When I was head of stewardship as a young lay person in the church, my assistant was a retired, avid golfer. He used to say, “the church isn’t like a country club—we don’t charge members’ dues, and fees.” We are a mission outpost—a lifeboat for the lost and adrift.  We do not raise money to run the church; we nurture healthy people who will be fully engaged as disciples of Jesus.

We are not the best “givers” in all of Christendom, but we are not the worst either.

Episcopalians give at about the same rate as the rest of the world—including non-Christians. The average Episcopalian gives between 1.75 % and 2.25% of their annual income to their church. (If your annual income was $40,000 that would equal a pledge of between $700 and $900.) If we were just looking at generosity you could not tell a Christian from a non-Christian.  Being Christian does not impact giving.

Jesus didn’t talk about the Church’s need to receive, but he did talk about our need to give. In that regard we are different from most people.  We know that disciples support God’s work in the world through the work of the Church. We should ask ourselves, if we are followers of Christ, what are we willing to give-up to live differently?  Many of us do not give generously because we live on the edge of financial failure; “tightness,” over-our-heads.

Money is not the root of all evil—it is the love of money, the hoarding of money, the living beyond our means—that is the root of all evil. If you feel the tension, stress, and pressure of a life spent trying to make it until the next payday, you need to spend some time talking with your friend Jesus to hear what he has in store for you as a true disciple of Christ who supports God’s work in the world.


Father Mark +

Wednesday, December 9, 2015

The Making of Stewards

We are lucky people; lucky in that we have been allowed to live in this wonderful time in history and in this beautiful place in the world—northern Florida.  We are lucky because by any possible measurement we have control over much in terms of resources, both personal and corporate. We have money, jobs, health, and assets. But for God to accomplish his mission of reconciliation, we need to be ready and trained in sharing our assets with God for his purposes.

Our sharing involves discerning how much of our income we will return to the source from whence it came—God.  We have talked of the tithe as the “gold standard” and ten percent being the minimum amount we should be giving as disciples of Jesus.  But, we have left room for growth—from a portion of a tithe to a full portion over time. We also have to grow into being faithful in using our assets to further God’s kingdom.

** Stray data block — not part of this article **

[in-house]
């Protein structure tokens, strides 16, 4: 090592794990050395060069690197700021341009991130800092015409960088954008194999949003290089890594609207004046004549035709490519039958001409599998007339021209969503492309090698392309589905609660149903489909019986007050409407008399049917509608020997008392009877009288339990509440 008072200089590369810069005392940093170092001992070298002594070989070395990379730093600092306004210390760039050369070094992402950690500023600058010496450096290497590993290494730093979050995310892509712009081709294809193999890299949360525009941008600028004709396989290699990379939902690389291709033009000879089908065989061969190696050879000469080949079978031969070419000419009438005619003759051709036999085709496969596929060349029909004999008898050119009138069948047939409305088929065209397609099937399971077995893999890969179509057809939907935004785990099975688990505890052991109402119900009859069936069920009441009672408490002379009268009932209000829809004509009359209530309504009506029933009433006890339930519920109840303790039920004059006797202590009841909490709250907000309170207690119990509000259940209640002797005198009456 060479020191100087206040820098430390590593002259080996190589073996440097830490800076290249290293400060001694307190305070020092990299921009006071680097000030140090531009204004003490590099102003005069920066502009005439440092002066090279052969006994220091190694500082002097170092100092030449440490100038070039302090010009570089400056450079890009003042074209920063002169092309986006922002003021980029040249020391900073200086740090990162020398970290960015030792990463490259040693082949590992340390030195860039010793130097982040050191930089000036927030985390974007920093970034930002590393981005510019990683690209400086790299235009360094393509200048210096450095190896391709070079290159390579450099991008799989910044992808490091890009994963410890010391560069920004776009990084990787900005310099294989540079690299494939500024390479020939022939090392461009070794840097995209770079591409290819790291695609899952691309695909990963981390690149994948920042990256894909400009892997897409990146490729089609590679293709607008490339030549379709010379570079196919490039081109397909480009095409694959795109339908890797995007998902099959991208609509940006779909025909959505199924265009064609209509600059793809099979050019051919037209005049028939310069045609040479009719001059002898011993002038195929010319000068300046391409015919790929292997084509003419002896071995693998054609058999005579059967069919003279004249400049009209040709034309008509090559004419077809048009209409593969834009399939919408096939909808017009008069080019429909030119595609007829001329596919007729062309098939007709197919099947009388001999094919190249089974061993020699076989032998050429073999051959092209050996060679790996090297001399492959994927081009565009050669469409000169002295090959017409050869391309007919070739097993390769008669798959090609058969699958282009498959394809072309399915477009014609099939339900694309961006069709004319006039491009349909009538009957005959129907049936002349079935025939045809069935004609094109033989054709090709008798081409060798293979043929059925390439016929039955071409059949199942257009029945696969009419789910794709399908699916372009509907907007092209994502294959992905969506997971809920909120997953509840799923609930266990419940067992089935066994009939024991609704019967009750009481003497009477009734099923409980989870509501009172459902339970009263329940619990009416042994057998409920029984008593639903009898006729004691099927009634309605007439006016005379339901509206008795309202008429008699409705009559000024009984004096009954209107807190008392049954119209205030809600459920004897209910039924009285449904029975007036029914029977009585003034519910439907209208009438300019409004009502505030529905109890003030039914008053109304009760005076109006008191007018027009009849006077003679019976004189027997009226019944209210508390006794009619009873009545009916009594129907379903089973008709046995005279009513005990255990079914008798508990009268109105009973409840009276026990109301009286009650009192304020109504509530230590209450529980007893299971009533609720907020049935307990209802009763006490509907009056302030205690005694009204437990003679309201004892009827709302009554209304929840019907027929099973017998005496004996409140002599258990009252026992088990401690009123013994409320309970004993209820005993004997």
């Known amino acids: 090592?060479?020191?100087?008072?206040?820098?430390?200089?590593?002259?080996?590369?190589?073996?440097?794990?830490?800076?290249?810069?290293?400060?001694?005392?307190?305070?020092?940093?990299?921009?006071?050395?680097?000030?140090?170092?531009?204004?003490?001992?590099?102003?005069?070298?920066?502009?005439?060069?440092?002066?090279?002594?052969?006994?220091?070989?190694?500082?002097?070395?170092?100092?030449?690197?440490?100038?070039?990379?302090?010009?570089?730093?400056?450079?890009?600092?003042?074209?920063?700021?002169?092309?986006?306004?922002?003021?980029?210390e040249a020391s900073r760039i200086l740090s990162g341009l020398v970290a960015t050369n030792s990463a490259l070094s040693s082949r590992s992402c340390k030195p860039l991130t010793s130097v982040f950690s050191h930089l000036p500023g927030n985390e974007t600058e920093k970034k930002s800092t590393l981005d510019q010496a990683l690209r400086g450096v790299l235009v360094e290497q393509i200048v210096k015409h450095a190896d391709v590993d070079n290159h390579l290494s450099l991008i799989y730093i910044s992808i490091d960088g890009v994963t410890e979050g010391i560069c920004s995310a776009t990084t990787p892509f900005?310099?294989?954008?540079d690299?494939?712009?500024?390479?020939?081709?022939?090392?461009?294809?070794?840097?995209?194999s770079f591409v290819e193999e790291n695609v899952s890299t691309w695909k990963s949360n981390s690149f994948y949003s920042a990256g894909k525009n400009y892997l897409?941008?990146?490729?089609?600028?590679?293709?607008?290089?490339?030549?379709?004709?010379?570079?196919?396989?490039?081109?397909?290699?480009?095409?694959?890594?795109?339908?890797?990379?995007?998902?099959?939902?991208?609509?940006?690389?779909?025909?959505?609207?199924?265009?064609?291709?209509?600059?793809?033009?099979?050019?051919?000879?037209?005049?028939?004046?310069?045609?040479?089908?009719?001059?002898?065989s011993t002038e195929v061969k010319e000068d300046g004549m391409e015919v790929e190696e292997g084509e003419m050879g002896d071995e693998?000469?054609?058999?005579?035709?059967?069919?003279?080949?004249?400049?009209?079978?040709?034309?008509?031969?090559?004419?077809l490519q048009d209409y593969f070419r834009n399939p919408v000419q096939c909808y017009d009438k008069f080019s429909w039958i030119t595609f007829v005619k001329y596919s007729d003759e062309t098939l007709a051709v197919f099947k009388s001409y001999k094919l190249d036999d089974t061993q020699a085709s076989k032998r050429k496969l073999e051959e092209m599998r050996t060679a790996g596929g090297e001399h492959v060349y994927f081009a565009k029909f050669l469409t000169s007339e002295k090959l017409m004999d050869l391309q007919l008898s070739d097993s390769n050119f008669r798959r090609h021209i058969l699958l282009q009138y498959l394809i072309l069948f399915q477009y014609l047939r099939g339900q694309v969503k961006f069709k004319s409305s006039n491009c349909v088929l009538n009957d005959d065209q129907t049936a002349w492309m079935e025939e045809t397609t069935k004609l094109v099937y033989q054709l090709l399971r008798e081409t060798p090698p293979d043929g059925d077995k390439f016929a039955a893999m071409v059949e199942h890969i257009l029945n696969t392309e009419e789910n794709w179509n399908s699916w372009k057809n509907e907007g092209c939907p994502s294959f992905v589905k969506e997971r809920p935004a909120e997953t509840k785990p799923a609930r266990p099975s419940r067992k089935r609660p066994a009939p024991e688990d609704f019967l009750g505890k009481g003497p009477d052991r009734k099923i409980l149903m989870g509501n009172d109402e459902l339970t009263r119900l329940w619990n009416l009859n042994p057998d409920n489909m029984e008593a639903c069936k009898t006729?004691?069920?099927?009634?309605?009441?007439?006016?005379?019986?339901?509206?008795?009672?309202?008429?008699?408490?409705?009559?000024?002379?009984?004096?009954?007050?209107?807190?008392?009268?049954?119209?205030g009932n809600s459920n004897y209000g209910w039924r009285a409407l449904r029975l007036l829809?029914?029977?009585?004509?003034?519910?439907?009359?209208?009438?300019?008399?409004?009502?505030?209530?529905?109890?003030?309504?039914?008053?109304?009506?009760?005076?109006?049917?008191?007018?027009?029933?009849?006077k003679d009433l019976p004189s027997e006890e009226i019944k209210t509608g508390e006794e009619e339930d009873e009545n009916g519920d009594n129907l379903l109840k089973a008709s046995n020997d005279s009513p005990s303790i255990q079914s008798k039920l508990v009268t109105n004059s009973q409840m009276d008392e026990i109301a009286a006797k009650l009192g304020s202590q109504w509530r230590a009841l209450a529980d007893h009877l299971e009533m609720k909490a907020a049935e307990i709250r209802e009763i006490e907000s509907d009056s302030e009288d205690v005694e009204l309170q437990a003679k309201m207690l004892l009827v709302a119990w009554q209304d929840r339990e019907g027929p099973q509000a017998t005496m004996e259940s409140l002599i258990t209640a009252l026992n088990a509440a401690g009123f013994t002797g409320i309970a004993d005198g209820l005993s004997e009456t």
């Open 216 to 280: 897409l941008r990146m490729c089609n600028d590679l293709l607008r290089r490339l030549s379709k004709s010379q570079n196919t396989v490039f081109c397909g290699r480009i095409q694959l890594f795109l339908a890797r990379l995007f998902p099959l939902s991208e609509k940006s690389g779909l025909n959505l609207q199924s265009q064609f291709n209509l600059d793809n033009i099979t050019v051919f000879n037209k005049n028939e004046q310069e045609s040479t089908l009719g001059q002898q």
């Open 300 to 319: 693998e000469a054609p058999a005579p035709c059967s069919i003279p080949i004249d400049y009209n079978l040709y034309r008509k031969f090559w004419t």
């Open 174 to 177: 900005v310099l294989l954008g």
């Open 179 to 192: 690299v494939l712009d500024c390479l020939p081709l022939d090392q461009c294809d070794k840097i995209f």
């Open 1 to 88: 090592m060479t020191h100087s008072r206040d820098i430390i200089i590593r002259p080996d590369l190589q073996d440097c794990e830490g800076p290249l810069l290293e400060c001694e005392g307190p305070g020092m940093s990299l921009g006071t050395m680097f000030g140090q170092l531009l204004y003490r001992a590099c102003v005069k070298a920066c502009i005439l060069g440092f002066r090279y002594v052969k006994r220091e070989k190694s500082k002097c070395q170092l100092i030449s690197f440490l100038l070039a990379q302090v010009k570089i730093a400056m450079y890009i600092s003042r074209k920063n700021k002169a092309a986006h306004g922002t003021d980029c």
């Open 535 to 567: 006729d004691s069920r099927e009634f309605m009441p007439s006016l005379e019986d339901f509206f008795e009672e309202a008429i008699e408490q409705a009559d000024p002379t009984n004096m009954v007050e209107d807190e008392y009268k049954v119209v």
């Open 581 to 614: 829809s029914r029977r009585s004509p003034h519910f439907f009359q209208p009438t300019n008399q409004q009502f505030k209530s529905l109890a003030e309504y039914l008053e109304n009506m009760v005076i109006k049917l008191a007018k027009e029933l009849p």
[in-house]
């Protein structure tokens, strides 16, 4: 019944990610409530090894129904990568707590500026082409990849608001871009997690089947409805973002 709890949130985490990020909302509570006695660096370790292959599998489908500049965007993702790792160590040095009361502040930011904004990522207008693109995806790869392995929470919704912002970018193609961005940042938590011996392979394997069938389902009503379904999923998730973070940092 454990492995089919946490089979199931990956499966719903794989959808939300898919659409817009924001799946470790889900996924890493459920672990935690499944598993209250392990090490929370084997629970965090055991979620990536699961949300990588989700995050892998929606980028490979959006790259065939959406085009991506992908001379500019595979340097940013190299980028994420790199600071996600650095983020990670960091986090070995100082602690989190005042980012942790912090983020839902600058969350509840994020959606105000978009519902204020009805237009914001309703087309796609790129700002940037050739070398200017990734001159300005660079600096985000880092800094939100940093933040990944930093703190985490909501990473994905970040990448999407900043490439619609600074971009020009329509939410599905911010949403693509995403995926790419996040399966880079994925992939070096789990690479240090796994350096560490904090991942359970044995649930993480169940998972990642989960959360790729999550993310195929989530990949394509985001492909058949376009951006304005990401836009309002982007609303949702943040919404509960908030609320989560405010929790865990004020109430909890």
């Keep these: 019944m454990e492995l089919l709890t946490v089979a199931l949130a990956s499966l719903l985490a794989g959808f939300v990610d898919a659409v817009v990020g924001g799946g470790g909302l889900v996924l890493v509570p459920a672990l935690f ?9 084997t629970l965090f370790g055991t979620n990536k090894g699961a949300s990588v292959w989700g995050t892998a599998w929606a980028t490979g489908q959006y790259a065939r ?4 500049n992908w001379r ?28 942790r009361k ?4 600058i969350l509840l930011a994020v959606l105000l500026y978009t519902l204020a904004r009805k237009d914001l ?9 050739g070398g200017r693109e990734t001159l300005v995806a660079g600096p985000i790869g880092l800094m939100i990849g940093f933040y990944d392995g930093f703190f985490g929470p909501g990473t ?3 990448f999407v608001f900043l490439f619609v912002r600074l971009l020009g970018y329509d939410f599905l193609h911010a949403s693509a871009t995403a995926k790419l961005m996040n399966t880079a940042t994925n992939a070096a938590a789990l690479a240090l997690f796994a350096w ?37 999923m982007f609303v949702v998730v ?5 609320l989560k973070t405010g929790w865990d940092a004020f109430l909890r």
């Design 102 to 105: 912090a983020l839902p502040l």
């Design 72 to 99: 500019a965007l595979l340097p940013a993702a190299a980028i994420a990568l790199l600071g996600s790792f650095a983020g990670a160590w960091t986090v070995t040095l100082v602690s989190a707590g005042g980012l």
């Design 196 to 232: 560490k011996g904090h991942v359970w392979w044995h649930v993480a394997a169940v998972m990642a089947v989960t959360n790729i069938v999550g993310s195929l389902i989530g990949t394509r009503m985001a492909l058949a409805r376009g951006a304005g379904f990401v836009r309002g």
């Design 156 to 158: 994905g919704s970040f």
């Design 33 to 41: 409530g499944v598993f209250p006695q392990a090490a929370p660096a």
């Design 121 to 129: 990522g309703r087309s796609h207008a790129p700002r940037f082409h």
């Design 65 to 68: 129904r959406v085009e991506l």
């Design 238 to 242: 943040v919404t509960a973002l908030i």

None of us want to waste our time, talent, or treasure by giving to organizations which do not match our values, or expending our time in areas not producing fruit in God’s orchards. But we also do not want to bury our treasure in order not to lose any portion of it to rust, rot, or thieves.  We, the Church, have been entrusted with the things of our faith; hymns, traditions, and liturgies which assist us in spreading the Good News of God’s endless love and grace.  Every event, sacrament, and liturgy are pointed toward development of stewards, and sharing the Good News for all to hear.

God’s kingdom is truly among us and with us and trying to burst forth for all people to share. That death has been defeated and is no longer a source of fear for any of us is truly Good News that all would appreciate hearing as truth for all. To know and believe that Christ was victorious over death is news that all humankind could receive and rejoice over.
So let’s all share that News.  Let’s minister to the lost and rejected. Let’s reach out to those unfamiliar with Christ’s Gospel—the Good News. Let’s live like disciples of Christ, and live lives of example—examples of Jesus.  Like God’s love for us, or the love of a parent for a second child—where there is more than enough to go around.

We are stewards of God’s assets entrusted into our care. We are stewards of the faith—not owners of it.

Father Mark +